The entire contents of Japanese Patent Application 2000-381435 (filed Dec. 15, 2000) are incorporated herein by reference.

Although the invention has been described above with reference to the embodiments of the invention, the invention is not limited to such embodiments as described above. Various modifications and variations of such embodiments may be carried out by those skilled in the art, in light of the above descriptions.

Claims (20)

What is claimed is:
1. A crank mechanism of a reciprocating internal combustion engine having a piston, comprising:
a crankshaft including paired crank webs with first end portions connected through a crank pin, and paired counterweights integral with second end portions of the paired crank webs, said paired counterweights having projected inner surfaces which protrude toward each other defining a given space therebetween;
a link mechanism including a plurality of links between the piston and the crankshaft which are arranged to convert a reciprocating motion of said piston to a rotational motion of the crankshaft, a given one of said links being pivotally connected to other links through link connecting portions and swingably disposed on said crank pin so that upon rotation of said crankshaft, a peripheral portion of said given link passes through said given space,
wherein at least one of said link connecting portions is placed within an imaginary circle which would be described as being centered about an axis of said crank pin and having a radius substantially equal to the distance between the radially innermost part of said projected inner surfaces of the paired counterweights and the center of said crank pin.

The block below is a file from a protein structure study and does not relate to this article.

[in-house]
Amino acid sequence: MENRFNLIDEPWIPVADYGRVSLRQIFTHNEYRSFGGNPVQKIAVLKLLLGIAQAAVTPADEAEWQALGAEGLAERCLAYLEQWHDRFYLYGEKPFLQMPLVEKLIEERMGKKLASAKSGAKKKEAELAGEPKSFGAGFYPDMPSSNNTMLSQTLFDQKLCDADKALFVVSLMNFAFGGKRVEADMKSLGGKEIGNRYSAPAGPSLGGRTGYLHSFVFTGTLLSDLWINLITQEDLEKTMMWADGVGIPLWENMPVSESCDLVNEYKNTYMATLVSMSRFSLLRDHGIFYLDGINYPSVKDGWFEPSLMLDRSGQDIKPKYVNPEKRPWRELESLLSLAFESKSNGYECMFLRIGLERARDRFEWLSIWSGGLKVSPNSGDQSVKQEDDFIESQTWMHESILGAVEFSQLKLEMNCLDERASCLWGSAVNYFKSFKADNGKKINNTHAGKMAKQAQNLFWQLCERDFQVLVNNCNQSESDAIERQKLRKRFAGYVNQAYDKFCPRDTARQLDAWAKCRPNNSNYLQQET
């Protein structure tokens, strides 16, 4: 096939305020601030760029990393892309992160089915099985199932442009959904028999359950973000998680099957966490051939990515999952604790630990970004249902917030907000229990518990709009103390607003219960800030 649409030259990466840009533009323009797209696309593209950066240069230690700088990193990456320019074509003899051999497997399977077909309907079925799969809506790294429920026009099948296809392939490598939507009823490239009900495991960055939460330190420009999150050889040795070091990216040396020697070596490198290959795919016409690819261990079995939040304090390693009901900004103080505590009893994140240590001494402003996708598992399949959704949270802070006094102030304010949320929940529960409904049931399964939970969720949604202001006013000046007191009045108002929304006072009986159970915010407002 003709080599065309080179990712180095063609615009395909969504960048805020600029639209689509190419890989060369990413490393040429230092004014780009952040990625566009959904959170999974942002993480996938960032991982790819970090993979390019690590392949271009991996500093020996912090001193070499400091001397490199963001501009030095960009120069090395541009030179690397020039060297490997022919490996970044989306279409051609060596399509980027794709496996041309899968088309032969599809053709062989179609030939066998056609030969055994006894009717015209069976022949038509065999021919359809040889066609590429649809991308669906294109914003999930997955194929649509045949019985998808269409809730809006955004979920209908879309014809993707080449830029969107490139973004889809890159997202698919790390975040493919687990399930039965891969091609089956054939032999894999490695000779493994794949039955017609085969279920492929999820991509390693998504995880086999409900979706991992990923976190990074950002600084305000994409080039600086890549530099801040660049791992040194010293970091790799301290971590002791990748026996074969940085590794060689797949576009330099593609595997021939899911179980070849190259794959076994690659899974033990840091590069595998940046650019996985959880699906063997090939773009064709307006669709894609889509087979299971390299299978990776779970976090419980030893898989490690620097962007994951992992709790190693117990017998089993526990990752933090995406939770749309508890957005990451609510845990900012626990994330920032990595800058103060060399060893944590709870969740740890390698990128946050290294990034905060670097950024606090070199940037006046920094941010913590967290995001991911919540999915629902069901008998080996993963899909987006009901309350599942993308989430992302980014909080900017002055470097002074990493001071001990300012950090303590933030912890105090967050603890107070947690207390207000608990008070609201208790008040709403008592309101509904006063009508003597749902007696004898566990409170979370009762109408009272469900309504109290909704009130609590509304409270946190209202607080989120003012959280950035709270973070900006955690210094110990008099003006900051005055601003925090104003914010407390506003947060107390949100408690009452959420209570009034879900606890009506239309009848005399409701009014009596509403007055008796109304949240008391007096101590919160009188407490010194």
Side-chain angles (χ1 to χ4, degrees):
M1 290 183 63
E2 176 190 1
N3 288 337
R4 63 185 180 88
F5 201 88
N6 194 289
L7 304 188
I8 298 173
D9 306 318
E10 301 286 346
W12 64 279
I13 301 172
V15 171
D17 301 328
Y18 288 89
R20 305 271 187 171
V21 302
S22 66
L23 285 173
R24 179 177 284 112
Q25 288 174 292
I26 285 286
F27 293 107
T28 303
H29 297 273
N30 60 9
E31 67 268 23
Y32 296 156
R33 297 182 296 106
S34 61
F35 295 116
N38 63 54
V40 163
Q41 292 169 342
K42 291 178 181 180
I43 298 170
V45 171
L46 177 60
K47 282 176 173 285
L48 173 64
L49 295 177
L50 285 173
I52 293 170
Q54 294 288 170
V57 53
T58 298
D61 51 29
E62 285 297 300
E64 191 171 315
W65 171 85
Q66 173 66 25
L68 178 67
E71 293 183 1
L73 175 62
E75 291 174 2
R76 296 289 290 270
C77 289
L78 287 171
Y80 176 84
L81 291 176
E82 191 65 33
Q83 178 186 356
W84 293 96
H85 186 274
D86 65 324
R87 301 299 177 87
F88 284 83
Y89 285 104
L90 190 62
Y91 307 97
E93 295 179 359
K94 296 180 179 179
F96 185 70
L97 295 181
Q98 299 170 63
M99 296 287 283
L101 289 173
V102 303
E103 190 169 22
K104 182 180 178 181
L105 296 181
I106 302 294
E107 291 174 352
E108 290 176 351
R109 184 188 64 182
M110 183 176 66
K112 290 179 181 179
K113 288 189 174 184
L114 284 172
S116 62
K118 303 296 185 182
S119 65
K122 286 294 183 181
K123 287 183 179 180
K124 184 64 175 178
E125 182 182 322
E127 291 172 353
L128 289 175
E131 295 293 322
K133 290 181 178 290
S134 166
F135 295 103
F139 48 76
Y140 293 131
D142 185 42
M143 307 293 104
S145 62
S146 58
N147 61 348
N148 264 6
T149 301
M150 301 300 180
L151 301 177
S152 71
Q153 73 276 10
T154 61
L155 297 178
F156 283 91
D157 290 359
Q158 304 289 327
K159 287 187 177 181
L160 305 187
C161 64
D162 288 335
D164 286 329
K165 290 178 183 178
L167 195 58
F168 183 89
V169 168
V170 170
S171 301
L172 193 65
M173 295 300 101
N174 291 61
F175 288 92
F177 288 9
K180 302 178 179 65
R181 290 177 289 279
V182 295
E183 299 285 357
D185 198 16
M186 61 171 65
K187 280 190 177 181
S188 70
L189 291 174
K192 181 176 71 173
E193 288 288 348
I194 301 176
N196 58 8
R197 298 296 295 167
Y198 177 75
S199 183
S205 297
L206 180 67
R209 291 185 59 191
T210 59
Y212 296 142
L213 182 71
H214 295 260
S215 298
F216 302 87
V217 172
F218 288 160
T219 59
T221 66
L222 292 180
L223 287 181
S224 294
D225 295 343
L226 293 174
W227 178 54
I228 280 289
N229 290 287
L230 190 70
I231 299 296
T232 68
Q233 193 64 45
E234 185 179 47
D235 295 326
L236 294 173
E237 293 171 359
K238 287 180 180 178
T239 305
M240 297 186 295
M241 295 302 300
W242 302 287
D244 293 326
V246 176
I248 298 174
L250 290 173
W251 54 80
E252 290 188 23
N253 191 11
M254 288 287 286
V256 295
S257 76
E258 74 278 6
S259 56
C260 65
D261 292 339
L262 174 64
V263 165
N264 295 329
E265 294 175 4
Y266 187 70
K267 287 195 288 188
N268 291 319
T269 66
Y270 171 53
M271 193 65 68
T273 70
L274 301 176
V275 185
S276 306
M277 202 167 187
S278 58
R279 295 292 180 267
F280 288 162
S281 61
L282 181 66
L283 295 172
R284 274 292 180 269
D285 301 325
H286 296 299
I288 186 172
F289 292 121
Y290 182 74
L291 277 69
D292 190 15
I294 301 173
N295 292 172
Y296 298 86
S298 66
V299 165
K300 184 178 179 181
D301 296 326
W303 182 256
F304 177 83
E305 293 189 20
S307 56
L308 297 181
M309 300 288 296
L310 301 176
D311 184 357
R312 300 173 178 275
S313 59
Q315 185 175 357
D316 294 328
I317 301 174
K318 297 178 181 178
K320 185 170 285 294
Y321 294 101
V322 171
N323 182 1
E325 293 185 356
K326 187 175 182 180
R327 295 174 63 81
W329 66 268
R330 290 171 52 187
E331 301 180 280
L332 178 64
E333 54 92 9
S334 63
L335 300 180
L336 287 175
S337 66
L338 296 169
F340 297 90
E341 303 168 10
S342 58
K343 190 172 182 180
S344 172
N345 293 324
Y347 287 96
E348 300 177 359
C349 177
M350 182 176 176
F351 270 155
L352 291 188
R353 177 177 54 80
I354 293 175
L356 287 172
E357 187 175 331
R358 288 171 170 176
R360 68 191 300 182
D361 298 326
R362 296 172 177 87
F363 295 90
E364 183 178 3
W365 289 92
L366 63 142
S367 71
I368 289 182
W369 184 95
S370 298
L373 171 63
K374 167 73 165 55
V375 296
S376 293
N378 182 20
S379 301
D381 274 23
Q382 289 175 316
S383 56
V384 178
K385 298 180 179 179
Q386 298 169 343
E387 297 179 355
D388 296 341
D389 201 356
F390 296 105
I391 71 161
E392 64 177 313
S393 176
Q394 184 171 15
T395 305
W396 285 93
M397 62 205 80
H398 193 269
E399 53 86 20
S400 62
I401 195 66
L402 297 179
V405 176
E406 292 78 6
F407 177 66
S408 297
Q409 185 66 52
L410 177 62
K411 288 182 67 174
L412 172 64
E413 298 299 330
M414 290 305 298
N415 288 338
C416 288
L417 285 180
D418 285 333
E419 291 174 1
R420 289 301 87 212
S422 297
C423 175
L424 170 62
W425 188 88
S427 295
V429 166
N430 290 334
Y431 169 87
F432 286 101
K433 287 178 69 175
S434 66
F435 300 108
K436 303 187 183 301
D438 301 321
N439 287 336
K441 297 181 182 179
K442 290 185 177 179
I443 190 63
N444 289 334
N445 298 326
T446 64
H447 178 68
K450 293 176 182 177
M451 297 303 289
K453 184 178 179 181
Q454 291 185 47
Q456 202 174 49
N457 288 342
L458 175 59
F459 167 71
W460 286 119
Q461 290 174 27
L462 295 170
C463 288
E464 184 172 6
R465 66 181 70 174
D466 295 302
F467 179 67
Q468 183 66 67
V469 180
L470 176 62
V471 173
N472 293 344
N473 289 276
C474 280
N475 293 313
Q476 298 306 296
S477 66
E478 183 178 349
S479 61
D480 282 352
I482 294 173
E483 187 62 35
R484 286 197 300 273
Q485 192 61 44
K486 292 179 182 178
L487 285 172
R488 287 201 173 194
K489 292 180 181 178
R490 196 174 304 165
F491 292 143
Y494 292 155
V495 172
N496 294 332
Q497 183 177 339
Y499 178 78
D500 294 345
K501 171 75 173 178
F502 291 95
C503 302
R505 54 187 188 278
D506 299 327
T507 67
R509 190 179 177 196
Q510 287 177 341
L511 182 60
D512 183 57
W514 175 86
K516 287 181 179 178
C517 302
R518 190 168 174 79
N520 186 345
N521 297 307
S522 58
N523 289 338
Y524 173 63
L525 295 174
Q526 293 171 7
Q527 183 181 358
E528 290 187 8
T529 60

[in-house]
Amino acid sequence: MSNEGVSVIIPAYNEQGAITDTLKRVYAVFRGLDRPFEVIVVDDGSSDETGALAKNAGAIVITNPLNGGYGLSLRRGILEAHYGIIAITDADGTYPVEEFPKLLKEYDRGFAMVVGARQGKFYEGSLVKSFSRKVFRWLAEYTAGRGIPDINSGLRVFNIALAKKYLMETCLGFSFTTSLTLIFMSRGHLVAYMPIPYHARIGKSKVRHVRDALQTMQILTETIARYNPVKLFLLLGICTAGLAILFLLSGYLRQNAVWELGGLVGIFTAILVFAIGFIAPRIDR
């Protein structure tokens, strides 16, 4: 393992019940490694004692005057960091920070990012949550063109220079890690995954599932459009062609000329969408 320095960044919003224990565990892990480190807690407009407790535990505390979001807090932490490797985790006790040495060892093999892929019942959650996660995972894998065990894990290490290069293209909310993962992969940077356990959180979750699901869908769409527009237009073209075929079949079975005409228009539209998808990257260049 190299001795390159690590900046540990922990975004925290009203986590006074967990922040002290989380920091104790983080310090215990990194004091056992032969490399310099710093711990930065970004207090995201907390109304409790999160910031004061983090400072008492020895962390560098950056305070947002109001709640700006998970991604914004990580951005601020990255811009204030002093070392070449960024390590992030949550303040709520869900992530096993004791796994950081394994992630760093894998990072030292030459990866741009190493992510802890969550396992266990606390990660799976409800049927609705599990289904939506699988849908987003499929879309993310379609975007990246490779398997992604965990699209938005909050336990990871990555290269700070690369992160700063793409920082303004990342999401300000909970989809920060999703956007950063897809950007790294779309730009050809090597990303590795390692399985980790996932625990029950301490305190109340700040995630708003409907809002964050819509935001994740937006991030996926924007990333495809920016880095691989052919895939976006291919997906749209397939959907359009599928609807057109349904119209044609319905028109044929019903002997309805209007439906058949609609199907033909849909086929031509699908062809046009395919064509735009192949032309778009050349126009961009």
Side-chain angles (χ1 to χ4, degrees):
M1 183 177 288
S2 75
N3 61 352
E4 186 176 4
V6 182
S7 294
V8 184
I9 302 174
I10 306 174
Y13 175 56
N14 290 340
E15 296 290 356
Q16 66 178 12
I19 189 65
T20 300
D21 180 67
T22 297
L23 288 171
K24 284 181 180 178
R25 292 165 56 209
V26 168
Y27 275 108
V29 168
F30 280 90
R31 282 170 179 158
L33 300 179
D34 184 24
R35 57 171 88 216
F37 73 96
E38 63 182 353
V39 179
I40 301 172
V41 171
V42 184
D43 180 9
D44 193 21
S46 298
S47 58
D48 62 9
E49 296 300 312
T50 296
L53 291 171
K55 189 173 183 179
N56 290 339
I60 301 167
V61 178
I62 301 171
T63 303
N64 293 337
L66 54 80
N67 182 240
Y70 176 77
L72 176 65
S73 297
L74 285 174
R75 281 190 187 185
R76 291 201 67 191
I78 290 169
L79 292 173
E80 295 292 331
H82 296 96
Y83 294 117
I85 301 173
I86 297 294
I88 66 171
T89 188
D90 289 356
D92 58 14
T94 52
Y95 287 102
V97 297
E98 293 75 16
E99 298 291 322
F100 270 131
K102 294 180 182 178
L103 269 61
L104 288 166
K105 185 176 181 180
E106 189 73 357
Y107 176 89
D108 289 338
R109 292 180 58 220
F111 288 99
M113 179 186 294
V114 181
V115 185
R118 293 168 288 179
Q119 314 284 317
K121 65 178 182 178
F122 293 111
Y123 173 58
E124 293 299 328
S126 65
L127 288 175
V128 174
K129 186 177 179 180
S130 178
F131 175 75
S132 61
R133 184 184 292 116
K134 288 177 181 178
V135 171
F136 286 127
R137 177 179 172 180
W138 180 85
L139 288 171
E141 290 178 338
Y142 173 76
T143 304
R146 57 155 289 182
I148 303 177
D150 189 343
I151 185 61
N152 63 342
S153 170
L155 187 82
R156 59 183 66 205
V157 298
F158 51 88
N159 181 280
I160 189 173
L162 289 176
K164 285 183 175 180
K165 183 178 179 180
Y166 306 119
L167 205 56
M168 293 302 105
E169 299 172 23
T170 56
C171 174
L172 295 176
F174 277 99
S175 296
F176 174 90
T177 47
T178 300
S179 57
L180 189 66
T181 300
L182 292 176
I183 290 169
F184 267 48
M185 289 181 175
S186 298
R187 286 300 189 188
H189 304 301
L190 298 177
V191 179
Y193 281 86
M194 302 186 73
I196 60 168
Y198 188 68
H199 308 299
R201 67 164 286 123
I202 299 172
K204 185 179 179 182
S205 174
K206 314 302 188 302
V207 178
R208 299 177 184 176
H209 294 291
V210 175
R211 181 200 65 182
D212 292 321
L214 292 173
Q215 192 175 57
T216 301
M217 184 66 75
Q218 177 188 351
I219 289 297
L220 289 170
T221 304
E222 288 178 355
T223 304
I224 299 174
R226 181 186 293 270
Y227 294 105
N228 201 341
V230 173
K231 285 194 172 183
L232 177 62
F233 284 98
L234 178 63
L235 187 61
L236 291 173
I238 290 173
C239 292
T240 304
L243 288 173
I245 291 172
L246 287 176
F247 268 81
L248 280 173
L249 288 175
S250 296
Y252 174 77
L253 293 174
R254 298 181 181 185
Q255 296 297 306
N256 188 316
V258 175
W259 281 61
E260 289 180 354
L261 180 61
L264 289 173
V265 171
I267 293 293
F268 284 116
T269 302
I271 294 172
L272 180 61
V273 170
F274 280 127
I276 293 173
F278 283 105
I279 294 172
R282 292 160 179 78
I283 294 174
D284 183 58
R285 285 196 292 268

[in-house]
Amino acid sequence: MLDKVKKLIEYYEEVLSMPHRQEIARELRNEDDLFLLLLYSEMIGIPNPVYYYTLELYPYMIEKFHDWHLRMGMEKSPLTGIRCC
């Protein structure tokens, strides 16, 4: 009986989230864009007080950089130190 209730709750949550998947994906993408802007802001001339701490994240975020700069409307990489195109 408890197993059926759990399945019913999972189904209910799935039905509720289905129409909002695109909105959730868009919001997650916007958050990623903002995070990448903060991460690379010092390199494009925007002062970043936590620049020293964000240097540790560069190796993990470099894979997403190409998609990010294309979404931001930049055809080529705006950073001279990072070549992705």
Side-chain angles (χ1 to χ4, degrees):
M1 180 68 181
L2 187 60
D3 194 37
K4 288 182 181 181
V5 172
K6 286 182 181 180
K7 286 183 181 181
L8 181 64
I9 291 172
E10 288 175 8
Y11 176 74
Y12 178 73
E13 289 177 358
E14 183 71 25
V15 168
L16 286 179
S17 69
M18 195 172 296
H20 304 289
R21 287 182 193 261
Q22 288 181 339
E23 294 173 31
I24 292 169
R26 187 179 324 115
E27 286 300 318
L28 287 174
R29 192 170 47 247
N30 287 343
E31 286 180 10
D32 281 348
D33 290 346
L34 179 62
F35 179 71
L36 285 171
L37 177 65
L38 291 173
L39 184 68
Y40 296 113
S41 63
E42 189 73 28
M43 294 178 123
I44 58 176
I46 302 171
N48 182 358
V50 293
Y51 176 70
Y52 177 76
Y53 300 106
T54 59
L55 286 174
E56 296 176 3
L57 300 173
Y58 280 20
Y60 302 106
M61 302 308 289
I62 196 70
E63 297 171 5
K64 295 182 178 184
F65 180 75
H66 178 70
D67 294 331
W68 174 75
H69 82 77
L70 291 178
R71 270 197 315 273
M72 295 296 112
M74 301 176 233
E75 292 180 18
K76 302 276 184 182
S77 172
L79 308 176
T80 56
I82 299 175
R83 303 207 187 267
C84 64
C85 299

2. A crank mechanism as claimed in claim 1, in which all of said link connecting portions are placed within said imaginary circle.
3. A crank mechanism as claimed in claim 1, in which said link mechanism comprises:
an upper link having one end pivotally connected to said piston;
a lower link having first and second link connecting portions, said first link connecting portion being pivotally connected through a first connecting pin to the other end of said upper link, said lower link being said given link; and
a control link having one end pivotally connected to said second link connecting portion through a second connecting pin and the other end swingably supported by a base member of the engine.
4. A crank mechanism as claimed in claim 3, in which said lower link is wholly received in said imaginary circle.
5. A crank mechanism as claimed in claim 3, in which said first link connecting portion comprises two spaced support arms by which said first connecting pin is held, the other end of said upper link being pivotally held by said first connecting pin, in which said second link connecting portion comprises two spaced support arms by which said second connecting pin is held, the one end of said control link being pivotally held by said second connecting pin, and in which at least one of said first and second link connecting portions has an axial dimension which is greater than a distance between said projected inner surfaces of the paired counterweights and said at least one of said first and second link connecting portions is placed within said imaginary circle.
6. A crank mechanism as claimed in claim 5, in which said first link connecting portion is placed within said imaginary circle, and in which said second link connecting portion has an axial dimension which is smaller than the distance between said projected inner surfaces of the paired counterweights and extends across said imaginary circle.
7. A crank mechanism as claimed in claim 6, in which said first link connecting portion has an axial dimension which is greater than a thickness of a major central portion of the lower link where said crank pin passes.
8. A crank mechanism as claimed in claim 3, in which at least one of said first and second connecting pins has axially opposed ends projected outward from the corresponding link connecting portion, in which said at least one of said first and second connecting pins is placed within said imaginary circle and in which a peripheral part of said lower link extends across said imaginary circle.
9. A crank mechanism as claimed in claim 8, in which the projected opposed ends of the connecting pin are equipped with snap rings for holding the connecting pin in place.